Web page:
Wisconsin Historical Society Reading Room (Photo by Jeff Miller/UW-Madison)
Wisconsin Historical Society Reading Room (Photo by Jeff Miller/UW-Madison)

The Wisconsin Historical Society will host the first film in a four-part documentary series, Created Equal: America’s Civil Rights Struggle, in Madison on Wednesday, February 5. Selected segments of the initial film in the series, The Abolitionists, will air at 7 p.m. in the auditorium of the Society’s headquarters at 816 State Street. Admission is free.

The Abolitionists vividly brings to life the struggles of the men and women who led the battle to end slavery. Professor Andrew Kahrl of Marquette University will moderate a post-screening discussion with audience members.

Putting a Face on the Anti-Slavery Movement

The film makes innovative use of re-enactments and puts a face on the anti-slavery movement. It features five important figures in the struggle to abolish slavery: impassioned New England newspaper editor William Lloyd Garrison; former slave, author and activist Frederick Douglass; Angelina Grimké, daughter of a rich South Carolina slaveholder; Harriet Beecher Stowe, author of the enormously influential Uncle Tom’s Cabin; and John Brown, ultimately executed for his armed seizure of the federal arsenal at Harpers Ferry.

Commemorating the 50th Anniversary of Civil Rights Milestones

Through the Created Equal film series, the Society will commemorate the 50th anniversary of Mississippi Freedom Summer and the 1964 passage of the Civil Rights Act. Other upcoming films in the series and their screening dates are:

  • The Loving Story on Tuesday, March 4, which documents the story of a couple arrested and prosecuted in Virginia in 1958 for their interracial marriage;
  • Freedom Riders on Tuesday, March 25, which tells the terrifying story of one group of white and black volunteers who rode a bus into the Deep South in 1961 to press for equal treatment of African Americans in interstate travel;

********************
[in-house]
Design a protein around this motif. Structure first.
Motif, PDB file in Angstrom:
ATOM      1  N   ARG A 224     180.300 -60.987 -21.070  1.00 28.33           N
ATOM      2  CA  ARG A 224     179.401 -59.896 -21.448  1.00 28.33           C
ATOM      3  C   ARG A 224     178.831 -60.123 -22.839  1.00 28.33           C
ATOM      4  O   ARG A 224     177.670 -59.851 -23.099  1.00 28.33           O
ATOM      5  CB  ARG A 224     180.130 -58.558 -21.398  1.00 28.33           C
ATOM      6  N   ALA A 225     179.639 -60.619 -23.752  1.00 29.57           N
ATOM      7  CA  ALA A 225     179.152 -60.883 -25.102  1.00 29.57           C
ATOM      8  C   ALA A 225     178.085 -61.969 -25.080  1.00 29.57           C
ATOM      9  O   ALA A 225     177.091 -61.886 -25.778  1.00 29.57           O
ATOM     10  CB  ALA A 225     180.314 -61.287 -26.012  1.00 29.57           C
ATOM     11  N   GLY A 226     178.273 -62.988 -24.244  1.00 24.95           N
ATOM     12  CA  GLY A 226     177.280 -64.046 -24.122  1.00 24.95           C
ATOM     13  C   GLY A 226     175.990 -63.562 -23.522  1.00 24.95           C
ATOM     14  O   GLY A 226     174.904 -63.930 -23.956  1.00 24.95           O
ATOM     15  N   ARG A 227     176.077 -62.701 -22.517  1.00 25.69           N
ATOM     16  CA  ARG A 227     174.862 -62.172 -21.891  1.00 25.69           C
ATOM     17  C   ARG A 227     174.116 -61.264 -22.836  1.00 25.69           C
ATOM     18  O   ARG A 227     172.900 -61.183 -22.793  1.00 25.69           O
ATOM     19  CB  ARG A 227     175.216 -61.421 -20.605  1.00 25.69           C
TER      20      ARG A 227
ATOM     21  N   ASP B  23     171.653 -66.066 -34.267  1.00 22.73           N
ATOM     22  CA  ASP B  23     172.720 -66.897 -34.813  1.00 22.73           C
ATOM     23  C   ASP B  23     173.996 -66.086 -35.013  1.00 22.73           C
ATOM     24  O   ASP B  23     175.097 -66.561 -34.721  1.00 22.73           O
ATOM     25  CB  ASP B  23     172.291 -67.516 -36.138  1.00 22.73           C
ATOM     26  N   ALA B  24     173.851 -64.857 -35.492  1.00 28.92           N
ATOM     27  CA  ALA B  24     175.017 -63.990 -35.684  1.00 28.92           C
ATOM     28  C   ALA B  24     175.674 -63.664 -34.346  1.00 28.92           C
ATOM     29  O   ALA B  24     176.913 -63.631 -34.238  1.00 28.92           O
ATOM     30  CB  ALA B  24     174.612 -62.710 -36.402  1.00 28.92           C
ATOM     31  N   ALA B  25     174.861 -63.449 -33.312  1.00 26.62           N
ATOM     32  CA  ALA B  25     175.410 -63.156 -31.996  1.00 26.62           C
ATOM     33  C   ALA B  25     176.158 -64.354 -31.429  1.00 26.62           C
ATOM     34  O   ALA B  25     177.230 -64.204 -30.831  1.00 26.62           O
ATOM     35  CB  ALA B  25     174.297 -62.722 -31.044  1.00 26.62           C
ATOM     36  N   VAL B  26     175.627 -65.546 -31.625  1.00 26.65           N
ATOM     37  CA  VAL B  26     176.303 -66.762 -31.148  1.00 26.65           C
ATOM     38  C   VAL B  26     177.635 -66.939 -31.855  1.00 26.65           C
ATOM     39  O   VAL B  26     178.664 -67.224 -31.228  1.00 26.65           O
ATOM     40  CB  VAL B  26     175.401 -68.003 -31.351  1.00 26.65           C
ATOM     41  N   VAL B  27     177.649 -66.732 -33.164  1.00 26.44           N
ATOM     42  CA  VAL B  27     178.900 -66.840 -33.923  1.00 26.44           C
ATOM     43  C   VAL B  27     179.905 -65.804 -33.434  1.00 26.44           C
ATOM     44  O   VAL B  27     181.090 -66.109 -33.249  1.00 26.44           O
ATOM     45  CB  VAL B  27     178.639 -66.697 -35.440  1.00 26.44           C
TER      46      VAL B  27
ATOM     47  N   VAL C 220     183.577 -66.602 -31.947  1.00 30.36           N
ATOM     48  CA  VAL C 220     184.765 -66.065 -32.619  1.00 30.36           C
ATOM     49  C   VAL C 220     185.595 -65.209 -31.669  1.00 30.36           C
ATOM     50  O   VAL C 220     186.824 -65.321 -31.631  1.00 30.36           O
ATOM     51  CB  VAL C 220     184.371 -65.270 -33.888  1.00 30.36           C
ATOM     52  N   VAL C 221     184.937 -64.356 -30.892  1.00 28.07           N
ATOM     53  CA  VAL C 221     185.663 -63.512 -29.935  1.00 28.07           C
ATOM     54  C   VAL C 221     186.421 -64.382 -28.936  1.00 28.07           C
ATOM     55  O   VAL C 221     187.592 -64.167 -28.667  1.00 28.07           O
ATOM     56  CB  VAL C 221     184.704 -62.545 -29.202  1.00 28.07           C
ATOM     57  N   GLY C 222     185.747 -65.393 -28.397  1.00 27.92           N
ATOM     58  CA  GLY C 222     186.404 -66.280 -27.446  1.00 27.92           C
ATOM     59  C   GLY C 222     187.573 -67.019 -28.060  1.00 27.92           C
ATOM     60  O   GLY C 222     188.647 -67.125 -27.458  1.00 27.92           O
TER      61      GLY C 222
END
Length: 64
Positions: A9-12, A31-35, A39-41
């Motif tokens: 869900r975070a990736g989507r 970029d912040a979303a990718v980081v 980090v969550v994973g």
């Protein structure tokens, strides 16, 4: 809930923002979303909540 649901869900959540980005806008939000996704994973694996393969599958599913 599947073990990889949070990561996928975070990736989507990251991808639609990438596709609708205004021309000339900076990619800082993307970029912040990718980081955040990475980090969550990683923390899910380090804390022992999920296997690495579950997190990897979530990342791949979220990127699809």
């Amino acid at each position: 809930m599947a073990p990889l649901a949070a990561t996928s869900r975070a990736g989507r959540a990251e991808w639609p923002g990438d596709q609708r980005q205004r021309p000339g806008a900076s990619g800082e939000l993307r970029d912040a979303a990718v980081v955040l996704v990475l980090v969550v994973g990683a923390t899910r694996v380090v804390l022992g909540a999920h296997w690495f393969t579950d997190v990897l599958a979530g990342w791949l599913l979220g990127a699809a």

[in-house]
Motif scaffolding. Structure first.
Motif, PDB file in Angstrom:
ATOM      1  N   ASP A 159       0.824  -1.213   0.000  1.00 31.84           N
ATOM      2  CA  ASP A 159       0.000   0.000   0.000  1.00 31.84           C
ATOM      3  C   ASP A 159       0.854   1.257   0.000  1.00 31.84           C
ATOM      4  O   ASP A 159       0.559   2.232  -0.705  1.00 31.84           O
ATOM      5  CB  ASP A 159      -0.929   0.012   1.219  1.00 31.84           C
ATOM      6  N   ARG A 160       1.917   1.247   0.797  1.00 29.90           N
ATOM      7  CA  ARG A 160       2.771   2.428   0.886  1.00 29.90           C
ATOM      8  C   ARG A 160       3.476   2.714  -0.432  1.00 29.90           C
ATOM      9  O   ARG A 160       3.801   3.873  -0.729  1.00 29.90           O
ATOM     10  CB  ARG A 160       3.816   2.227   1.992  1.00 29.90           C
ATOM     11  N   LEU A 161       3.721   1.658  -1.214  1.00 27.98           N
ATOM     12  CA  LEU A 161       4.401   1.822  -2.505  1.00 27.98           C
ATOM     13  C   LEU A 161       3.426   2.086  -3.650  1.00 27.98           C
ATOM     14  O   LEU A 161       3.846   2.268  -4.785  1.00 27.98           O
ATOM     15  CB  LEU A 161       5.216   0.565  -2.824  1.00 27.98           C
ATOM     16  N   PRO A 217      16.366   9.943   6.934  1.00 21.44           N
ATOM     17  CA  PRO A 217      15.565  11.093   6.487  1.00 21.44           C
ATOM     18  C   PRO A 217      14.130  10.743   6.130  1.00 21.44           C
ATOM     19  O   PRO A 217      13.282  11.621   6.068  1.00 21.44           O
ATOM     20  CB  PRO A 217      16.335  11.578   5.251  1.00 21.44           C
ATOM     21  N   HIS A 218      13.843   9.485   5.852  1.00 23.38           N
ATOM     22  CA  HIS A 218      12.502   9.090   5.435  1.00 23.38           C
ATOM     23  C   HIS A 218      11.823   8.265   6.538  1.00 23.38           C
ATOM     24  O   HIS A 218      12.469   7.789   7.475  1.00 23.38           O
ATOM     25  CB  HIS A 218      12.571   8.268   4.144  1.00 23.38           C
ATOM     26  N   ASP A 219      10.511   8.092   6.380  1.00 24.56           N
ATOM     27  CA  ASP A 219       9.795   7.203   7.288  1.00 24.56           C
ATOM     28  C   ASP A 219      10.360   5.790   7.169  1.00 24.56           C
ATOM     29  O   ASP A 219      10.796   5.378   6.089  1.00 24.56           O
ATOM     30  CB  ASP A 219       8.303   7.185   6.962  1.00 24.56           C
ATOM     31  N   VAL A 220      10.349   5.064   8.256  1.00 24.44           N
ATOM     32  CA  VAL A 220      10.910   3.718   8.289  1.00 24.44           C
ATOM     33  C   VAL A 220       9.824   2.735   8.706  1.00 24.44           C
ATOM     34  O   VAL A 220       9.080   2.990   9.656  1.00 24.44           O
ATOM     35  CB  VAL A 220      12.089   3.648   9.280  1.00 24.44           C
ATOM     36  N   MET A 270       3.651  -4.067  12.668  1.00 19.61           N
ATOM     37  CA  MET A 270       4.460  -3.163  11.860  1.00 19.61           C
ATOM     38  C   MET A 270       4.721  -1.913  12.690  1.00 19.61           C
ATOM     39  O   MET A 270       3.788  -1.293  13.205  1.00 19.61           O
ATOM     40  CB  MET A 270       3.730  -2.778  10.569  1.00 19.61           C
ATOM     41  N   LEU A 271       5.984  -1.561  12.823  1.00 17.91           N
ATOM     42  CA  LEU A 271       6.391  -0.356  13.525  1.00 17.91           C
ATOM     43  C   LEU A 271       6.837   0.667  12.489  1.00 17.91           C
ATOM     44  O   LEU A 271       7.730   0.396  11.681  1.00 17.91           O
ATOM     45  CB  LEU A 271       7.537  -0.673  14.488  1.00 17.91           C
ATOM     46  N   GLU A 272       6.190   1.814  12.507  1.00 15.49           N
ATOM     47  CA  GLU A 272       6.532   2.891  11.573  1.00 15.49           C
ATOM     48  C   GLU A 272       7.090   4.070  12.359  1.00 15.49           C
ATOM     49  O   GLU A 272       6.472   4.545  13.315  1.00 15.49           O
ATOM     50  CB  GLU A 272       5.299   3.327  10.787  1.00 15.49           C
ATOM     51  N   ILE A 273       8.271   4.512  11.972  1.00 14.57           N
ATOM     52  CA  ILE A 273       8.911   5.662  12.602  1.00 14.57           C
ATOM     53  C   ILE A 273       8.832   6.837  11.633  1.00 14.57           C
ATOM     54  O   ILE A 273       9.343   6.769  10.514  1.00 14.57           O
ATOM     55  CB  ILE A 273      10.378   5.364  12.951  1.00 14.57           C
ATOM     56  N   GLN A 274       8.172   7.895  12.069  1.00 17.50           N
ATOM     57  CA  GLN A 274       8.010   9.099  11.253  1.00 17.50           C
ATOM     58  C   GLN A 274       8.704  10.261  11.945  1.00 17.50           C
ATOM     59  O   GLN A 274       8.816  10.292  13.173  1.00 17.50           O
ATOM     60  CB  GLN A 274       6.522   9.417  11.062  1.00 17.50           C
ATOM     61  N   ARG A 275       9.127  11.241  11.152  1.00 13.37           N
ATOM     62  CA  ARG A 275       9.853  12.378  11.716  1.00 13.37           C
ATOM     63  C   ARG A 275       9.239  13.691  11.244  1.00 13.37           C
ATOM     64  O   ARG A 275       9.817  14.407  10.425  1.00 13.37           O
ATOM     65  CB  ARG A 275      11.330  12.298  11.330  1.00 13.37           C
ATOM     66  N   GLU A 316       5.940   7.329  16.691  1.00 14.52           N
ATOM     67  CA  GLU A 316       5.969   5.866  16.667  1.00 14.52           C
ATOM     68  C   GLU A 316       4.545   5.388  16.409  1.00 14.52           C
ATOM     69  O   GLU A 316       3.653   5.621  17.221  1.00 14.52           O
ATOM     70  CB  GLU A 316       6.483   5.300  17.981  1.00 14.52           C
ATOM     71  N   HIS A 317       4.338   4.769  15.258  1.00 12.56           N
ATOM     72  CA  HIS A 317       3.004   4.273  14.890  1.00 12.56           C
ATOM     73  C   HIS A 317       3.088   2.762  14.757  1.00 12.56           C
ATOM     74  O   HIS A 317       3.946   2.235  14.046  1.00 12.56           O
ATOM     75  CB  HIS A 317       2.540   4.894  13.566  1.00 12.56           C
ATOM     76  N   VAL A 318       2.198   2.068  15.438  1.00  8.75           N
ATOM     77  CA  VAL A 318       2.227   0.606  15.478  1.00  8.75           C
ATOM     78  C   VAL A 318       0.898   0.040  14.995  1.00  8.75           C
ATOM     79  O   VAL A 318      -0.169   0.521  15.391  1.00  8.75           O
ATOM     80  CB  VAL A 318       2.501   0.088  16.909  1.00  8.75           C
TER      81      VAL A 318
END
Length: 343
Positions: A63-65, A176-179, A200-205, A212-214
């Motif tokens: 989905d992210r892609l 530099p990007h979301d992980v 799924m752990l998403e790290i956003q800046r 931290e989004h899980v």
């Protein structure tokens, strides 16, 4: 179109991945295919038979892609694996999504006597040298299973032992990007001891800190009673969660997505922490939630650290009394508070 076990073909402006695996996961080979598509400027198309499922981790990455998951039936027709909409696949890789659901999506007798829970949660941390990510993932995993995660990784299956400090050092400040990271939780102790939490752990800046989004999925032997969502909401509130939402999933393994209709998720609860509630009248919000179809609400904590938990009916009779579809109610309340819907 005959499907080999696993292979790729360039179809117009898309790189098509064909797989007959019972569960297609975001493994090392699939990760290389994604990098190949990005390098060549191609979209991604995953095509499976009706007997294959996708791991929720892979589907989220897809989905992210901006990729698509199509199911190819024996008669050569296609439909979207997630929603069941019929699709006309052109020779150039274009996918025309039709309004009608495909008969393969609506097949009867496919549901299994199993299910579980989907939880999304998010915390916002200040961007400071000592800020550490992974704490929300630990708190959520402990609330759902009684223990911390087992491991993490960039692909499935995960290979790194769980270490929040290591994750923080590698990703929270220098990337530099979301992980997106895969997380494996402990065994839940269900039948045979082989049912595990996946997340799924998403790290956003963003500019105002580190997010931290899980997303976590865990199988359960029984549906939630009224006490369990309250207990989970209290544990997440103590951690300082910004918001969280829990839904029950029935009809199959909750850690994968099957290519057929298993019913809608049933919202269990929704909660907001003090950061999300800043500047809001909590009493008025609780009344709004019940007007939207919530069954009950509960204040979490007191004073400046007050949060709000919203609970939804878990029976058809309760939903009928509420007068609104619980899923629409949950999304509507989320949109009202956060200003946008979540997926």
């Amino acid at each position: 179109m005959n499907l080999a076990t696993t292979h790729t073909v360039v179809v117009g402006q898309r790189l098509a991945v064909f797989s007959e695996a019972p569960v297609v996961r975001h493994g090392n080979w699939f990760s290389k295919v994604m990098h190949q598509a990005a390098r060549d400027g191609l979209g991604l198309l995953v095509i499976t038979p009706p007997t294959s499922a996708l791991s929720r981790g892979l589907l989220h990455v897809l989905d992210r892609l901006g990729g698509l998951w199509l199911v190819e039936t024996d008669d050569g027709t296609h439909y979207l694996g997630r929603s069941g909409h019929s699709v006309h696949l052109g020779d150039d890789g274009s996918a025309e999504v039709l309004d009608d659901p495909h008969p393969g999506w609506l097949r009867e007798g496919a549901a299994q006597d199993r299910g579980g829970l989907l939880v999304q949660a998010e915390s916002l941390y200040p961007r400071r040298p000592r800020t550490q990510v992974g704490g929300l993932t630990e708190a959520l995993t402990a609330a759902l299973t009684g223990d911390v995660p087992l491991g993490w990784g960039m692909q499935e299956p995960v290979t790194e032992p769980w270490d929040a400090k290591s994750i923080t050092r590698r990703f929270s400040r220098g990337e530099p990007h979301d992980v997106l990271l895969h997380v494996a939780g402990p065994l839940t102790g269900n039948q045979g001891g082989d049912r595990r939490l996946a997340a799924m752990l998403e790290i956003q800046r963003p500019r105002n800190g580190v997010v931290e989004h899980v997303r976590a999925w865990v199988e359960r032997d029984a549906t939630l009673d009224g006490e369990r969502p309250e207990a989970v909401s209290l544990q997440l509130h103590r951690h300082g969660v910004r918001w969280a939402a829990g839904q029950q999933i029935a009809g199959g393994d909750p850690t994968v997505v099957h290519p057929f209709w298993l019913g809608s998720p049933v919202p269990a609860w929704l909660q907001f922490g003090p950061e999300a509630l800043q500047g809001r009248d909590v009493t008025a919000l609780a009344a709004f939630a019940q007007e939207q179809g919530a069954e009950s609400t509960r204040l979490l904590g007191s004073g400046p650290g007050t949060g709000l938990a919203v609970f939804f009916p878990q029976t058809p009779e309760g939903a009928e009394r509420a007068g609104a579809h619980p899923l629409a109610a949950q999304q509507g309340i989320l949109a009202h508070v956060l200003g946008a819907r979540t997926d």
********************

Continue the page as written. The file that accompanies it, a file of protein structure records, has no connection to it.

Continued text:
• Slavery by Another Name on Tuesday, April 22, which features interviews with the descendants of victims and perpetrators of trumped-up crimes in the Deep South intended to create a captive force of unpaid labor in the early 20th century.
  • All films will begin at 7 p.m. in the Auditorium on the first floor of 816 State Street.

The National Endowment for the Humanities, the Gilder Lehrman Institute of American History and the Bridging Cultures initiative have generously underwritten the Created Equal film series.

Due to their length, only segments of the four films will air during the evening sessions, but the Society will make the films available in their entirety in the Society’s Library Reading Room. They may also be viewed online at Created Equal: America’s Civil Rights Struggle.

Showcasing the Society’s Civil Rights Collections

Image from the Society's Rare Book Collection (ID 82138)
Image from the Society’s Rare Book Collection (ID 82138)

The Society will showcase its own extensive civil rights collections online during the three-month run of the film series. To see more than 25,000 pages of official records, personal papers, letters and diaries, racist propaganda, magazine articles, newspaper clippings, and photographs and graphics documenting Freedom Summer, visit

One of the Society’s other unique and extensive collections relating to civil rights is its collection of African-American newspapers and periodicals. A number of other Society civil rights records can be explored on the University of Wisconsin-Milwaukee’s March on Milwaukee website.

For more information on the “Created Equal” film series or the Society’s civil rights collections, contact Rick Pifer weekdays from 8 a.m. to 4 p.m. at 608-264-6477 or Gayle Martinson 608-264-6535 Monday through Thursday from 4 to 9 p.m.